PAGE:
Charlie Munger said he had three “basic rules” for career satisfaction.
One included not working for anyone you don’t respect, he wrote in a column for CNBC Make It.
Munger, Warren Buffett’s trusted right-hand man, died on Tuesday at the age of 99.
Charlie Munger, Warren Buffett’s trusted right-hand man who died Tuesday, aged 99, had three “basic rules” for career satisfaction, according to a column the billionaire penned for CNBC Make It that’s among his final writings.
One of the legendary investor’s rules: “Don’t work for anyone you do not respect and admire.”
“You particularly want to avoid working directly under somebody you don’t admire and don’t want to be like. It’s dangerous,” Munger, the longtime vice chairman of Buffett’s conglomerate Berkshire Hathaway, wrote in the column published on Wednesday.
He added, “Generally, your outcome in life will be more satisfactory if you work under people whom you correctly admire.”
Munger said in the column that he navigated through his career “by identifying people I admired and by maneuvering, mostly without criticizing anybody, so that I was usually working under the right sort of people.”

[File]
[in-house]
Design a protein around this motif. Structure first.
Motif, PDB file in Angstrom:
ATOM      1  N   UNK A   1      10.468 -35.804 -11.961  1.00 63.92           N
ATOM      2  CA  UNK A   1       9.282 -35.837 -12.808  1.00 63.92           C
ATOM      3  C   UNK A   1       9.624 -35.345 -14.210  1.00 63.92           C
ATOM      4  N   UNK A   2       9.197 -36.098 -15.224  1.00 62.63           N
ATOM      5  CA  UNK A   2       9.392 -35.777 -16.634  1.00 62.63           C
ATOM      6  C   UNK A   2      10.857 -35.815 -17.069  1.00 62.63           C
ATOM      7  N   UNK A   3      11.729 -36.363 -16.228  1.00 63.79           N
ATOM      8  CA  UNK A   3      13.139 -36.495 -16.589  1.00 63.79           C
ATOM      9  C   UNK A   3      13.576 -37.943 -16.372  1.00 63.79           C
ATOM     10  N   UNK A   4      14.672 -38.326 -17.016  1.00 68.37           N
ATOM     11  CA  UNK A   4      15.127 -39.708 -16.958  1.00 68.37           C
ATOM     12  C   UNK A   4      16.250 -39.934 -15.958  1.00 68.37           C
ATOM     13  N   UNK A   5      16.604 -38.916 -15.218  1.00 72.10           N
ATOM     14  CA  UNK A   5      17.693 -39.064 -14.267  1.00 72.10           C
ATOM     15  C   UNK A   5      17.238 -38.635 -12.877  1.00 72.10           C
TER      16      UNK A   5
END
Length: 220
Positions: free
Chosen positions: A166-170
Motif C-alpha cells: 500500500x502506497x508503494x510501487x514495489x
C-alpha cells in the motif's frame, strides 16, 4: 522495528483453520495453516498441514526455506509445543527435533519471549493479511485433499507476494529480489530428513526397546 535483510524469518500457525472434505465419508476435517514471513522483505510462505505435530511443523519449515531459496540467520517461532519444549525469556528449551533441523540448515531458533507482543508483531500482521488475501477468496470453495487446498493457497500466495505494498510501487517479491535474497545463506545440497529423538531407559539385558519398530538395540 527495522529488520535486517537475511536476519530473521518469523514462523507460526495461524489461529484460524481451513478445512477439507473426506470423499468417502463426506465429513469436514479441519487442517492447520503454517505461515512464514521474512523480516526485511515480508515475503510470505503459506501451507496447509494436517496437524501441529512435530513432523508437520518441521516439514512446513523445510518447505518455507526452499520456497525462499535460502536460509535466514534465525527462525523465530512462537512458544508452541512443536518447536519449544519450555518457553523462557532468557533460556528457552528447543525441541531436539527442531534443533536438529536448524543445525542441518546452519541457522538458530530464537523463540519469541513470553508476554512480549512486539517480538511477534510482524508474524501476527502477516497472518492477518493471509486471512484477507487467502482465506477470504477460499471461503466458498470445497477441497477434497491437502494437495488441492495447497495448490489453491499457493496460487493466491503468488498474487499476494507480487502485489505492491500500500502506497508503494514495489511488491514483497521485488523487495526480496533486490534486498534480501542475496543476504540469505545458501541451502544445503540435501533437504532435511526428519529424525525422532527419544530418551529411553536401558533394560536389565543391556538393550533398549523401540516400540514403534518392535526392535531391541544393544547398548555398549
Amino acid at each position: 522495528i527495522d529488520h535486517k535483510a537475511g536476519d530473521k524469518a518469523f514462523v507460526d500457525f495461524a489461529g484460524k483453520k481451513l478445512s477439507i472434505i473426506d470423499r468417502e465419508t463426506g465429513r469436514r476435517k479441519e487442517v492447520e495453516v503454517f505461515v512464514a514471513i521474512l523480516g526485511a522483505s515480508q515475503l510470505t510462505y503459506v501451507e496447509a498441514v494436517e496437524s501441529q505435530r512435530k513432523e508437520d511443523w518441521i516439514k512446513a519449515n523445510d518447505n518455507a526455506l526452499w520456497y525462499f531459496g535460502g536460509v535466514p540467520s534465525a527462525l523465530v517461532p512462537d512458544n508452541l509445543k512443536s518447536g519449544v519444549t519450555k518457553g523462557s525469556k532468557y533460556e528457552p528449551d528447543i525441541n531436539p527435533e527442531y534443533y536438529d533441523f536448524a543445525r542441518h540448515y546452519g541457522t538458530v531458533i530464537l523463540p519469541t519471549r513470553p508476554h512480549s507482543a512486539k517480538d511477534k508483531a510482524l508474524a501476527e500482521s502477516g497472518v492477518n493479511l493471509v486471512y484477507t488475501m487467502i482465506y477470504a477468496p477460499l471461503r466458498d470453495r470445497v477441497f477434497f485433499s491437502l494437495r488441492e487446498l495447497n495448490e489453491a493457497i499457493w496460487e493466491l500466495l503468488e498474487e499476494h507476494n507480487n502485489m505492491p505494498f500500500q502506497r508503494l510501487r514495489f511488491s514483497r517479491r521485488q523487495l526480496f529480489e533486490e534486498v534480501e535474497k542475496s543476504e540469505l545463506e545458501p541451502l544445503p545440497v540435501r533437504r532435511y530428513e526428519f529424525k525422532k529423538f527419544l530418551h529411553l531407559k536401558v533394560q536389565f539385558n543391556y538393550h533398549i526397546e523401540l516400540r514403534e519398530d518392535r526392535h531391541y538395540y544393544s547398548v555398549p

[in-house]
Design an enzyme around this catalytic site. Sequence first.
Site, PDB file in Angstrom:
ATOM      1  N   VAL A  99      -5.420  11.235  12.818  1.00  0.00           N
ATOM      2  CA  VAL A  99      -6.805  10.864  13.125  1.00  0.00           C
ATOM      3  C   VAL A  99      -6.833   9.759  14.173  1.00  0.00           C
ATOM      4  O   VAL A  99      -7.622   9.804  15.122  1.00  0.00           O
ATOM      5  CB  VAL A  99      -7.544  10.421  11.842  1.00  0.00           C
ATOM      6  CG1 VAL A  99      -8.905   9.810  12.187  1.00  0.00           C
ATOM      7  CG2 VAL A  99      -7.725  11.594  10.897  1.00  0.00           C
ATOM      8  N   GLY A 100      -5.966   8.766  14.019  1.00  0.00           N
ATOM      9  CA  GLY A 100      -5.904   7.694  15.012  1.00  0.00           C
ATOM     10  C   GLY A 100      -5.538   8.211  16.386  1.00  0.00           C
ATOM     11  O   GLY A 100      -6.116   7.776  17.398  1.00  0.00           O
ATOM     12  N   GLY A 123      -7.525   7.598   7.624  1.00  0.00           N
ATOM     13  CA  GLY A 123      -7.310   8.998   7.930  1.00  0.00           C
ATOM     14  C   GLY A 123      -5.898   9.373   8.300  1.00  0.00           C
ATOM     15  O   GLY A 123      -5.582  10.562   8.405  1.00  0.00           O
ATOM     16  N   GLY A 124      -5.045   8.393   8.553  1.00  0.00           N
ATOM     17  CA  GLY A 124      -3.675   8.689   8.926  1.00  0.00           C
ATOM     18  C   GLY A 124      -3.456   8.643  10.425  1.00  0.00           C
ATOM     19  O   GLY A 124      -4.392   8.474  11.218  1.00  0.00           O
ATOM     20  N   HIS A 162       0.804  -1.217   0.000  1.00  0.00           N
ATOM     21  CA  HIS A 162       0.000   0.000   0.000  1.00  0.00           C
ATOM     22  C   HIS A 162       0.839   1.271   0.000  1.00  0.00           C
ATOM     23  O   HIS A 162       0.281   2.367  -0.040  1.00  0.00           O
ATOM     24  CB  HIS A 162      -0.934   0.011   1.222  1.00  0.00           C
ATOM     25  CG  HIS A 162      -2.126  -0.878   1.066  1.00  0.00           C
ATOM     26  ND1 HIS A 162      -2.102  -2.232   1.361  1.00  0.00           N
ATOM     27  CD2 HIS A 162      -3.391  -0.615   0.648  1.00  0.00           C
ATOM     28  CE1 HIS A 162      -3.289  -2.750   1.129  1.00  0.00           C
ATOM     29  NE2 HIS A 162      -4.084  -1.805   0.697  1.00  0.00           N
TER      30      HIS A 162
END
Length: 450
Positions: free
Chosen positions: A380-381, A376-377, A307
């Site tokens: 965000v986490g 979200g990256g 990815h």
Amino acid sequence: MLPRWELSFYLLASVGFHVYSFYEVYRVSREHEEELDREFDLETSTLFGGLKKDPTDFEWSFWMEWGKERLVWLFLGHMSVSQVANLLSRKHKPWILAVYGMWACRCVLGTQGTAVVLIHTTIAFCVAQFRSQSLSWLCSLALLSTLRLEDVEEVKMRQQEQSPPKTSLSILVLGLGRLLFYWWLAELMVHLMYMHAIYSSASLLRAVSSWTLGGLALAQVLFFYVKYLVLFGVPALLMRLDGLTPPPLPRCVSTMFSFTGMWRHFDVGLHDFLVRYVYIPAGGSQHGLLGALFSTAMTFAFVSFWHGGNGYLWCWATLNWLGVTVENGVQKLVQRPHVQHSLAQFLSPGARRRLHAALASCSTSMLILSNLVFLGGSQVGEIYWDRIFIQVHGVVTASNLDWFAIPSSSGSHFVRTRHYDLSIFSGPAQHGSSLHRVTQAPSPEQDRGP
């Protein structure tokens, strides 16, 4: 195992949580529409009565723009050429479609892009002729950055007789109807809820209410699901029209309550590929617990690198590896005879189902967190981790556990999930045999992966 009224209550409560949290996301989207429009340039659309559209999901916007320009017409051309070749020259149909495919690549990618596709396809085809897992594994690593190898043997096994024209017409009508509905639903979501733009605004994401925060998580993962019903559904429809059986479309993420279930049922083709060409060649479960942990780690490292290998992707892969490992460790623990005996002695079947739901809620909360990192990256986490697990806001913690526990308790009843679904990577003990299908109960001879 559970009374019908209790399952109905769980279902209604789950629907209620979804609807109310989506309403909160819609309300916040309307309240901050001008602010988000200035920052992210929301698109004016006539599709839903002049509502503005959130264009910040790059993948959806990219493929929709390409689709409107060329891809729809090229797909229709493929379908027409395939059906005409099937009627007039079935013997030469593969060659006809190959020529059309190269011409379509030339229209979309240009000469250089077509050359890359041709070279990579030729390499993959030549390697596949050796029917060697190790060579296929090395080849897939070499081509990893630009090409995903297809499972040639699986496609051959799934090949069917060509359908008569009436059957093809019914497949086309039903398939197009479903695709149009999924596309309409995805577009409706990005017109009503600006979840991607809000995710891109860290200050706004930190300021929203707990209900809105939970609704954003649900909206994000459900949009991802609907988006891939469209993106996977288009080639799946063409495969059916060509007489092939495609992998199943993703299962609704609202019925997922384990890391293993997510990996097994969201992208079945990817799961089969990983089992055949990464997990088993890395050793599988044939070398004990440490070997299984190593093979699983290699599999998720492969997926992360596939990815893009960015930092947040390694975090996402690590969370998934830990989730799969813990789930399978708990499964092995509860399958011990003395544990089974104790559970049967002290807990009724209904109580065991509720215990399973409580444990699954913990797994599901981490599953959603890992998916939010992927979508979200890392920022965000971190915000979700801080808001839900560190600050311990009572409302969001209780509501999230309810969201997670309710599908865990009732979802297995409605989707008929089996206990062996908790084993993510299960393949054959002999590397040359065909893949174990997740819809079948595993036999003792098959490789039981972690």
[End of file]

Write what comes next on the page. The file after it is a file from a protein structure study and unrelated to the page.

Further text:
“A lot of employers will permit that if you’re shrewd enough to work it out with some tact,” wrote Munger, Buffett’s close confidant.
Munger’s other two rules for career happiness were: “Don’t sell anything you wouldn’t buy yourself” and “work only with people you enjoy.”
“If at all feasible, you want to maneuver yourself into doing something in which you have an intense interest alongside people whose company you enjoy,” Munger wrote.
Munger wrote in the column that those three rules always “helped” him and that he believed “they can help any young person evaluating a career decision.”
Munger said that even though “meeting all three is nearly impossible, you should try anyway.”
As for Munger — who met Buffett at a dinner party in their hometown of Omaha, Nebraska, in 1959, ultimately leading Munger to join Berkshire Hathaway in 1978 — he said he achieved them all.
“I have been incredibly fortunate in my life when it comes to these basic rules,” Munger wrote. “With Warren Buffett, I had all three.”
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